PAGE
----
Saturday, May 5, 2012

our drug war

I'm flipping through channels and I happen upon the show Cops at exactly the wrong time. A guy has just been caught with heroin. They're loading him into a cop car. He's weeping, saying "I'm going back to prison" again and again. He's weeping, of course, because when he returns to prison he'll be beaten and likely raped and subject to daily psychological and physical torture, from his conditions and from his fellow inmates and from the guards. And chances are very good that he was out scoring heroin because he was addicted to it the first time he went to jail and he stayed addicted while he was there and he was addicted when he came out. The cops keep insisting that he had more than was for his personal use, because they always say that; to listen to the police and prosecutors you'd think that no one has ever just been a drug user. They're all also drug dealers, always.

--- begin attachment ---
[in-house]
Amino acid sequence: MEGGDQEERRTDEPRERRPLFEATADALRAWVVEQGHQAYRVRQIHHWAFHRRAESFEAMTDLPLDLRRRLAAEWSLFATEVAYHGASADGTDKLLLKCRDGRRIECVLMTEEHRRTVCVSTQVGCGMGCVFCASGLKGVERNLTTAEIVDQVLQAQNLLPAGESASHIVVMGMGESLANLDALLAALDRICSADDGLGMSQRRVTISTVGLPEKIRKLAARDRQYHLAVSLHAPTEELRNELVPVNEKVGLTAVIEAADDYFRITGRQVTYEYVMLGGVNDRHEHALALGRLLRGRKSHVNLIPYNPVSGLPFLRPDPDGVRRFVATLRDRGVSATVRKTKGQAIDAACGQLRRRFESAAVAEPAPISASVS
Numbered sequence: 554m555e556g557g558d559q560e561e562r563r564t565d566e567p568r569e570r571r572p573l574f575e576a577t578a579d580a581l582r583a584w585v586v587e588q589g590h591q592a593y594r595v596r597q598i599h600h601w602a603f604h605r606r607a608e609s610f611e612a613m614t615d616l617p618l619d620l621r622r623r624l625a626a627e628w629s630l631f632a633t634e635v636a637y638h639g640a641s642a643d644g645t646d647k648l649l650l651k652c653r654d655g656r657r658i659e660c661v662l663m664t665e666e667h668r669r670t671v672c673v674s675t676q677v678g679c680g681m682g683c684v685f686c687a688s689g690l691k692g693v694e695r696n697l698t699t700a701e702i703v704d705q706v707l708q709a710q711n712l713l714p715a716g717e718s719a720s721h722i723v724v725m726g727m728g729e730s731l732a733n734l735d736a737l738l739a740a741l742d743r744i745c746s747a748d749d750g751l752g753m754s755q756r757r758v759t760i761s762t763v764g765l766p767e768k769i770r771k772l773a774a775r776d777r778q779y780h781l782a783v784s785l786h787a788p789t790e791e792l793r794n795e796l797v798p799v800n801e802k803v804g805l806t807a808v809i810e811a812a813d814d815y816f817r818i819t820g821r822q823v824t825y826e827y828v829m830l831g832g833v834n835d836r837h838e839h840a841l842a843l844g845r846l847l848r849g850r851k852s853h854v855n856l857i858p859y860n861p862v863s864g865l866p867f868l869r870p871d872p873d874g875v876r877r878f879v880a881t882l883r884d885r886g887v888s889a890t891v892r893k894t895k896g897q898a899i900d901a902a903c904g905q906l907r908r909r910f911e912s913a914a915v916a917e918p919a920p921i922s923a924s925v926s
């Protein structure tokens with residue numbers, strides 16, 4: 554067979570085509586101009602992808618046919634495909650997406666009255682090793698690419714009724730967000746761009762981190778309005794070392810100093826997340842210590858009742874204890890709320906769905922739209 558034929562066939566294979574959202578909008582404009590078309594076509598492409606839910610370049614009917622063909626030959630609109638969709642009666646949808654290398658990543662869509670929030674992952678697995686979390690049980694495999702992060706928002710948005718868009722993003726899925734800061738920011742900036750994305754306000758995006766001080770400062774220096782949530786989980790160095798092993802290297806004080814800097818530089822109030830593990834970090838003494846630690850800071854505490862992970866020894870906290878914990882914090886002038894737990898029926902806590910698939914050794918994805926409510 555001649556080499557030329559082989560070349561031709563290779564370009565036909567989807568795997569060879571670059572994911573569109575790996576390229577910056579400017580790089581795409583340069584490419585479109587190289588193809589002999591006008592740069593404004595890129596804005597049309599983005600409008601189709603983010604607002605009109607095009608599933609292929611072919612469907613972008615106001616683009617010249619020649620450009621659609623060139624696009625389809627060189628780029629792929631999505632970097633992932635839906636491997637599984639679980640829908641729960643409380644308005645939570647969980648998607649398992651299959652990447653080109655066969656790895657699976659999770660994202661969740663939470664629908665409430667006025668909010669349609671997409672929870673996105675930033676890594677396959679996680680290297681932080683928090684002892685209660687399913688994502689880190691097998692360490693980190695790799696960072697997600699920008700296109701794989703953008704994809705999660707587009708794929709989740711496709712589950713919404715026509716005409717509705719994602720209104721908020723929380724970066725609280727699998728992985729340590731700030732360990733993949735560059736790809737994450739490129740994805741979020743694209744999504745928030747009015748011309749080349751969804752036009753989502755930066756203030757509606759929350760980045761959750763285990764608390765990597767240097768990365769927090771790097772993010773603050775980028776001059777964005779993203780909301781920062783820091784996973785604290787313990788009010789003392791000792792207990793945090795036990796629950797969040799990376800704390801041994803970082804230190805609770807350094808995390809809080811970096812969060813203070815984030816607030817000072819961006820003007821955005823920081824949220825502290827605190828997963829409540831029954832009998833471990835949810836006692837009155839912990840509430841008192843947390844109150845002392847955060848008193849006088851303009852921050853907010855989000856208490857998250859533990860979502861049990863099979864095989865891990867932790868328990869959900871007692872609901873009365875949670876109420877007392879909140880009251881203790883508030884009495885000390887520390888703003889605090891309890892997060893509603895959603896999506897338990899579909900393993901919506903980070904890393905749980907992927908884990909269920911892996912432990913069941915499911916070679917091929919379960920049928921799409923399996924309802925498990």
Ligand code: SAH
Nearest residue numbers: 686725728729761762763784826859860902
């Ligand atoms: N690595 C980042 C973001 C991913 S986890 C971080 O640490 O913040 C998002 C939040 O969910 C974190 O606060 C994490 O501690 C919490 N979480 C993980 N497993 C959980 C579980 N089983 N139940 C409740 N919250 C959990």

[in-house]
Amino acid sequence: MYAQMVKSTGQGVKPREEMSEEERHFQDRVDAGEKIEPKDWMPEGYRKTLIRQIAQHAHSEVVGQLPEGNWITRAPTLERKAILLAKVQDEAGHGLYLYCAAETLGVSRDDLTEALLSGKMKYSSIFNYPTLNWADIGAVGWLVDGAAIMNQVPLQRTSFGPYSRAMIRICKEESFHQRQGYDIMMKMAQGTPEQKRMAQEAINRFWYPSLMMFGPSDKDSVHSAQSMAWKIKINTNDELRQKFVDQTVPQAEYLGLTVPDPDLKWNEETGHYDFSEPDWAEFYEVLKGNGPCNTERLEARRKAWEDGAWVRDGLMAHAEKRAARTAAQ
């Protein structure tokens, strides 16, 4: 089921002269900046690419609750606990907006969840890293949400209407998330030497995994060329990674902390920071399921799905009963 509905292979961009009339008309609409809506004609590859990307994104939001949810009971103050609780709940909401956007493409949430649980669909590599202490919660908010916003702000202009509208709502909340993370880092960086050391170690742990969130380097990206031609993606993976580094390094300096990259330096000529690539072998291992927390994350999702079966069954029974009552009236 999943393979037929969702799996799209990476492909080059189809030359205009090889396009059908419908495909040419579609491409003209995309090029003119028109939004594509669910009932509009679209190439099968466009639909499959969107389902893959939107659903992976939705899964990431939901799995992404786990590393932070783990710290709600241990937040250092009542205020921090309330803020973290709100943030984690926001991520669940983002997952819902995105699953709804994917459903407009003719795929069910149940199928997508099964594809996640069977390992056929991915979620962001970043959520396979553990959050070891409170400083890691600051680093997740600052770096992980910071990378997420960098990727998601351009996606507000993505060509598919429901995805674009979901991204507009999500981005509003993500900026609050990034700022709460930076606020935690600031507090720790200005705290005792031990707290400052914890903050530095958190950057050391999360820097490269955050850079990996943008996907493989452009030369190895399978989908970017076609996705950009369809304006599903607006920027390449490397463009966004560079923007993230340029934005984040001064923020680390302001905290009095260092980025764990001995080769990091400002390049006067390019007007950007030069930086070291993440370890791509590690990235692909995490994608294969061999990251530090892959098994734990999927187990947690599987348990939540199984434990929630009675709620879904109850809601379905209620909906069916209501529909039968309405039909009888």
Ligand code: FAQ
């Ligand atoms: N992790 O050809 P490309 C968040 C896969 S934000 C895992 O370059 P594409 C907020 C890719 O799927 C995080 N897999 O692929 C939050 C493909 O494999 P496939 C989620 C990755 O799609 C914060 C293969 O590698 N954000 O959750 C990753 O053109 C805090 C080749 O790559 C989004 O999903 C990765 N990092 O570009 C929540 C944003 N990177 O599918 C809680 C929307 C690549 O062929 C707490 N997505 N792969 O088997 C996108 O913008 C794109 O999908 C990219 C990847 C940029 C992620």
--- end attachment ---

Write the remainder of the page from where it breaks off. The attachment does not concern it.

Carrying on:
The more you look around in America the more you find people whose suffering is simply assumed as a part of the social fabric; it's compromises all the way around. I think about Omelas a lot.


Charles said...

Yes. But there is no "away" to walk to.

Freddie said...

I know.

Paul Sherrard said...

Thank you for this column. The state of prison today should be a national scandal in a country that bars "cruel and unusual punishment." Instead, no one talks about it (or, to be precise, no one treats it as an outrageous abomination).